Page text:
Monday, May 12, 2008

5 year plan for energy.

Senator Lamar Alexander delivered a plan for energy independence (for the US). It's the usual blah... blah... - all nonsense, like politicians are fond of delivering. Sample:

- Make carbon capture and storage a reality for coal-burning power plants.
- Make solar more cost-competitive with the burning of fossil fuels.

The best reaction was in a comment by peterjackson:

Good Lord, now we've got Republicans proposing Five Year Plans and Seven Step programs like some 1930's Soviet Beet Kommissar. The last thing we need is the know-nothings in Congress pretending they have the expertise required to plan the future of a market segment as huge and critical as energy. They have no such knowledge because that knowledge doesn't exist anywhere as some type of accessible whole. It takes a market with millions upon millions of people, each with their own intimate knowledge of their own needs and capabilities, participating in an open energy marketplace with free prices to coordinate such an unimaginably huge, ever-changing body of knowledge and action. Gas prices have been elevated for several years now due to many reasons, and already the marketplace is responding with the millionth shipped hybrid, high mileage clean diesels, flex-fuel vehicles, and endless number of promising technologies from compressed air vehicles to hydraulic drive trains, all with ZERO input from Washington.

Exactly. Anything the Government will try to do will turn out into a disaster, like the ethanol mandate. The best thing it can do is stay out of the whole mess. (Hat tip: Instapundit)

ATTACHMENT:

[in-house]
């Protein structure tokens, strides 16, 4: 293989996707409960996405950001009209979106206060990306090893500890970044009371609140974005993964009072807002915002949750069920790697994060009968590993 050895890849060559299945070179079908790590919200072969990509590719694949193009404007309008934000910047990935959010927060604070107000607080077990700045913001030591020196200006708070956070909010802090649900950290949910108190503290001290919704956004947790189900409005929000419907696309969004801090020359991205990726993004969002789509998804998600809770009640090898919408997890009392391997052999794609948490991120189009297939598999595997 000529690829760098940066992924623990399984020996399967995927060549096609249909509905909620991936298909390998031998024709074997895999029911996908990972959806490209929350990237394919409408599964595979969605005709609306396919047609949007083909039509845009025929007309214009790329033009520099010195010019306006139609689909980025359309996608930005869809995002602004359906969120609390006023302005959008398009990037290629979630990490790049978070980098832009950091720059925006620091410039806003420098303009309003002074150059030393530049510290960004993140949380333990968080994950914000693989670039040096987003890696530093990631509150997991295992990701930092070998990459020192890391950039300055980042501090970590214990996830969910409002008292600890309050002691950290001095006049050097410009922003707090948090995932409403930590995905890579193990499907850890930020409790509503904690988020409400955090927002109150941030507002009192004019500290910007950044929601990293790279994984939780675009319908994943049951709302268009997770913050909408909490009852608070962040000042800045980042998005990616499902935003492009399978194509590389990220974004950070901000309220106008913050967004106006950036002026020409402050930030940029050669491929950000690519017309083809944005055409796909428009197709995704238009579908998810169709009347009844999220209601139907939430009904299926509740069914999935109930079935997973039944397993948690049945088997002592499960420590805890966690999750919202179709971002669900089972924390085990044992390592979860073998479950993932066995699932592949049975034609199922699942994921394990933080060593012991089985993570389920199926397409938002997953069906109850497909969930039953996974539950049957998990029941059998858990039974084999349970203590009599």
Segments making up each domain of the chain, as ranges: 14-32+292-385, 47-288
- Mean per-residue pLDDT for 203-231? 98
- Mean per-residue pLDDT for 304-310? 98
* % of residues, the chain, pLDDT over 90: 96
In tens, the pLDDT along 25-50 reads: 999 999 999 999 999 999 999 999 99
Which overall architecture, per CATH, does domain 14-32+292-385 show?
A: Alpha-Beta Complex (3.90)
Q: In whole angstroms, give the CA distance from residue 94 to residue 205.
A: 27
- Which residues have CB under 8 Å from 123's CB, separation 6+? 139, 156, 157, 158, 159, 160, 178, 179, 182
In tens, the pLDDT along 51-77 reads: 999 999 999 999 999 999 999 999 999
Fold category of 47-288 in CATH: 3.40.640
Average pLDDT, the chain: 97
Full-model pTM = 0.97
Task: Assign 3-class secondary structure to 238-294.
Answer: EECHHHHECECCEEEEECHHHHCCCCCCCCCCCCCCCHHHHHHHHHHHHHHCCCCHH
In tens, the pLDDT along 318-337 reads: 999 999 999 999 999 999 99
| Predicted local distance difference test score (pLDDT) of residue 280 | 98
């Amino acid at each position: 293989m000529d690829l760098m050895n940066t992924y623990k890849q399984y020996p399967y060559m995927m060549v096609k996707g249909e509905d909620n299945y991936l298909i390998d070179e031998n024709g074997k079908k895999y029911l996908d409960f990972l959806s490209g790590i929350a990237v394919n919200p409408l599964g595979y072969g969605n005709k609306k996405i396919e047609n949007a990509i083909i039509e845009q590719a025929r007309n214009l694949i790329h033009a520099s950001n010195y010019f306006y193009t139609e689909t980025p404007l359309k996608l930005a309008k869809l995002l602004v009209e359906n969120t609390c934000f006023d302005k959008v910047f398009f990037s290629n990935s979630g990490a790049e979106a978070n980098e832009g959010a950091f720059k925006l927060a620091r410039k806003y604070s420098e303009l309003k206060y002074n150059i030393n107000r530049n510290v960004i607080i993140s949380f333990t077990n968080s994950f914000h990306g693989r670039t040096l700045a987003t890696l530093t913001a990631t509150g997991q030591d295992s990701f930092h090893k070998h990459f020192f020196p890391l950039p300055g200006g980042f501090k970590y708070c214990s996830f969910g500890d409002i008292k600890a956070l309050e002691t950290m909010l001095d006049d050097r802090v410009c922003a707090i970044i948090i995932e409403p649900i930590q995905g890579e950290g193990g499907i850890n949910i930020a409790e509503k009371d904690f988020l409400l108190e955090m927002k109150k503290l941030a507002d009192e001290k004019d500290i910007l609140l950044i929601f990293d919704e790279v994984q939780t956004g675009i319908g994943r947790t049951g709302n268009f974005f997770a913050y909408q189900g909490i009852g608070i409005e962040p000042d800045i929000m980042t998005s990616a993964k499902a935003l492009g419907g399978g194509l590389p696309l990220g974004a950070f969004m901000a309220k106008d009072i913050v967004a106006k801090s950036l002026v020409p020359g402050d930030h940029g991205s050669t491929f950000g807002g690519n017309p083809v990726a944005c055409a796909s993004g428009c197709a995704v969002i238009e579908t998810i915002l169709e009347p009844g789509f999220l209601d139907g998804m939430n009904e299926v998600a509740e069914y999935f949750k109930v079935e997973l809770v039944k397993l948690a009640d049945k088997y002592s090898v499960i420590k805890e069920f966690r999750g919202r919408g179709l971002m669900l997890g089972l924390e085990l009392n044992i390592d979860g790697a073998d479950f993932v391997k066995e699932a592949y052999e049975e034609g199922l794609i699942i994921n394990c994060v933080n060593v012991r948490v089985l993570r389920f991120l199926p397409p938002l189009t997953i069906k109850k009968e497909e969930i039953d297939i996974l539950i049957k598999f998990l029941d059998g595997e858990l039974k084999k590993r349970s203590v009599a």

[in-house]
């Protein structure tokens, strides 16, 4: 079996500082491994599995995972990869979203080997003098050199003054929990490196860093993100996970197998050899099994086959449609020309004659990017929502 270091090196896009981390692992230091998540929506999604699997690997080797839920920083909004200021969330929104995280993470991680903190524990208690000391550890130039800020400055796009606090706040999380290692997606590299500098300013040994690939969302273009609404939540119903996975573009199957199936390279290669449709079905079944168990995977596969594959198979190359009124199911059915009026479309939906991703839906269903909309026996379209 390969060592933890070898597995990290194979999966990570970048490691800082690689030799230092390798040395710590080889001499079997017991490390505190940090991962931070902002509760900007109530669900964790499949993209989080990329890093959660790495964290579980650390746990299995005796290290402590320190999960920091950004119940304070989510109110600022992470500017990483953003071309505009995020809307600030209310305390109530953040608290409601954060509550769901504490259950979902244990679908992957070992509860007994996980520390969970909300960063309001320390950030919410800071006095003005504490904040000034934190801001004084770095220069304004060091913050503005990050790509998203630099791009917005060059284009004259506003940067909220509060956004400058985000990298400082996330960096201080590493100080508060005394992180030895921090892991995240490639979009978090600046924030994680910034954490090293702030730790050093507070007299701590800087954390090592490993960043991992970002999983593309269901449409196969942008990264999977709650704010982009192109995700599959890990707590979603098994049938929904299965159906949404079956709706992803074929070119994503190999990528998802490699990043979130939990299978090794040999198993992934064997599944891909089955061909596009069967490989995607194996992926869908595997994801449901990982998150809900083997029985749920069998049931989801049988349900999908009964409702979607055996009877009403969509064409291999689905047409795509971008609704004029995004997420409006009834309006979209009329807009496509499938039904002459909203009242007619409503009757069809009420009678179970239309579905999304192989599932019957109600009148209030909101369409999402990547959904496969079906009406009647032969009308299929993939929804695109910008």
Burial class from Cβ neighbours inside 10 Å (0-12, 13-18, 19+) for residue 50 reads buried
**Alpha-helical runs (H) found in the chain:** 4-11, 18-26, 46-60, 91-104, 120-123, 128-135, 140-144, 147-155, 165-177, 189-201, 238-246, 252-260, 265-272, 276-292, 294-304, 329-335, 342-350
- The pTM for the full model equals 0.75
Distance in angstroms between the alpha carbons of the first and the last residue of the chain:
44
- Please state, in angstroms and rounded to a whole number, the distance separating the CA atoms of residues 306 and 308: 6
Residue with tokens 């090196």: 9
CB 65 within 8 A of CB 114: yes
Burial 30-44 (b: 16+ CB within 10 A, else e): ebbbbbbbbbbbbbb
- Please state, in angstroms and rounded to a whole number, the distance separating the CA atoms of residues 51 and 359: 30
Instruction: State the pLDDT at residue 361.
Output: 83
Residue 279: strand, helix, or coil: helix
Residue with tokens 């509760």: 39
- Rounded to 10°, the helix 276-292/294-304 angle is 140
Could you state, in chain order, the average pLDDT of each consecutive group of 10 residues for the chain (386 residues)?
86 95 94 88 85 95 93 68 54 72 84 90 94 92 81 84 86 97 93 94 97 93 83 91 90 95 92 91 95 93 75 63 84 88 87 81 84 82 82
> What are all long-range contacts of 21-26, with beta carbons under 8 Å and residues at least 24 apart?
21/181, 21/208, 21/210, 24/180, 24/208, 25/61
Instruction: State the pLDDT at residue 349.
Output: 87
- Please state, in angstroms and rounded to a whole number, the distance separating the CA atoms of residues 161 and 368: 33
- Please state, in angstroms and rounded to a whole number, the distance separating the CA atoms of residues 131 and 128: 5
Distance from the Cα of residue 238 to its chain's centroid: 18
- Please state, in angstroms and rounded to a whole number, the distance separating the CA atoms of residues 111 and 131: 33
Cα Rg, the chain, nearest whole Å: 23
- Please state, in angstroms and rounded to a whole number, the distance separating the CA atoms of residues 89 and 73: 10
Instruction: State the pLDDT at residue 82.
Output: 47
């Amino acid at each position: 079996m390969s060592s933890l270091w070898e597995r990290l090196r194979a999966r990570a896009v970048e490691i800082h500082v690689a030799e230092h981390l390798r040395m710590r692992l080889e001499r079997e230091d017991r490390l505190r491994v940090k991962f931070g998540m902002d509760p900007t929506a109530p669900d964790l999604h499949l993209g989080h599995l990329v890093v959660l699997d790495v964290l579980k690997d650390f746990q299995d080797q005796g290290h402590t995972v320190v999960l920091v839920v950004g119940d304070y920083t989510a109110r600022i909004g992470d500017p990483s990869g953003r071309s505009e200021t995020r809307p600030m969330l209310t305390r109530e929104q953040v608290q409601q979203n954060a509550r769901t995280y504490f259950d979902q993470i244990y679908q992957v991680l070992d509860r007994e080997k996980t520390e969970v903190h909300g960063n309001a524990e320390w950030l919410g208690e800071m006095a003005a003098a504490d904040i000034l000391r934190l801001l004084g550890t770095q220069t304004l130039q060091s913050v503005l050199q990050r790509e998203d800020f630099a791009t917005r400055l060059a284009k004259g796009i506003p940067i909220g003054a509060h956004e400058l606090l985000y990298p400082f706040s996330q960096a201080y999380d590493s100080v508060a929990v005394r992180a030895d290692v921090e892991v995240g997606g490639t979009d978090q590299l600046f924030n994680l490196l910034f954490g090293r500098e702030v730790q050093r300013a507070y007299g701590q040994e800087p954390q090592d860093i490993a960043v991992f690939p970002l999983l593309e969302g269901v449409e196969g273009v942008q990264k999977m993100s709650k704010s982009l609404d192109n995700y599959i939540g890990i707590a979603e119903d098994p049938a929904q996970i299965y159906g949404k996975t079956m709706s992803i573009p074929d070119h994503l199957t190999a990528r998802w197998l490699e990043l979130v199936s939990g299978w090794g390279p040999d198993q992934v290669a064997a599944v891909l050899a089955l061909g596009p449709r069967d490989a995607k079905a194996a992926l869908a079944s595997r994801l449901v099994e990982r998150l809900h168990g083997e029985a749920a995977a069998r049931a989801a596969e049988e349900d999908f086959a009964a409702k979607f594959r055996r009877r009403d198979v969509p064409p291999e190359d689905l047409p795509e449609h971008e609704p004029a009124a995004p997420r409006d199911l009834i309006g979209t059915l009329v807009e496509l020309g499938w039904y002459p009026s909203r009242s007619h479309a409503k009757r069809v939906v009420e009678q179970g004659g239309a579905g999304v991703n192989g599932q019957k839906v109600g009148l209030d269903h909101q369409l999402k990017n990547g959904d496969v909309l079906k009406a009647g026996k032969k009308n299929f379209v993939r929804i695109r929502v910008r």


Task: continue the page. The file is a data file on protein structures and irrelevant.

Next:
Sunday, May 4, 2008

Who finances UK (and US) universities.

The lefties love to declare that anyone sceptic of AGW must be financed by Exxon-Mobile.
Let's see who finances the left-leaning universities:

From an article in "The Australian" (hat tip: Instapundit):

... the Higher Education Funding Council for England held a special meeting to confront fears that Saudi donations were unduly influencing universities. Brunel University's Centre for Intelligence and Security Studies revealed that eight British universities, including Cambridge and Oxford, received more than $US465 million from Saudi and Muslim sources since 1995, mainly to fund Islamic study centres.
In 2005, a prominent Saudi businessman, Prince Alwaleed Bin Talal, was reported by The Washington Post to have donated $20million to Georgetown and Harvard universities in the US for the study of Islam and the Muslim world to promote interfaith dialogue and understanding.
At Scotland Yard, a security expert cautions that one of Islam's five pillars - Zakat - requires Muslims to give alms and that charity is considered virtuous and essential.
But Emerson, best-selling author of American Jihad: The Terrorists Living Among Us, says Saudi Arabia should be allowed to bankroll religious initiatives in the West only when it becomes open to the idea of religious reciprocity. "I think there should be a law requiring religious reciprocity for funding coming from regimes that restrict religious freedom on their soil," he says. "Saudi Arabia does not allow the practice of any other religion, bars the operations of churches, confiscates Bibles ... As such, there should be laws passed by Western governments prohibiting Saudi donations to universities until and unless Saudi Arabia operates a pluralistic religious environment.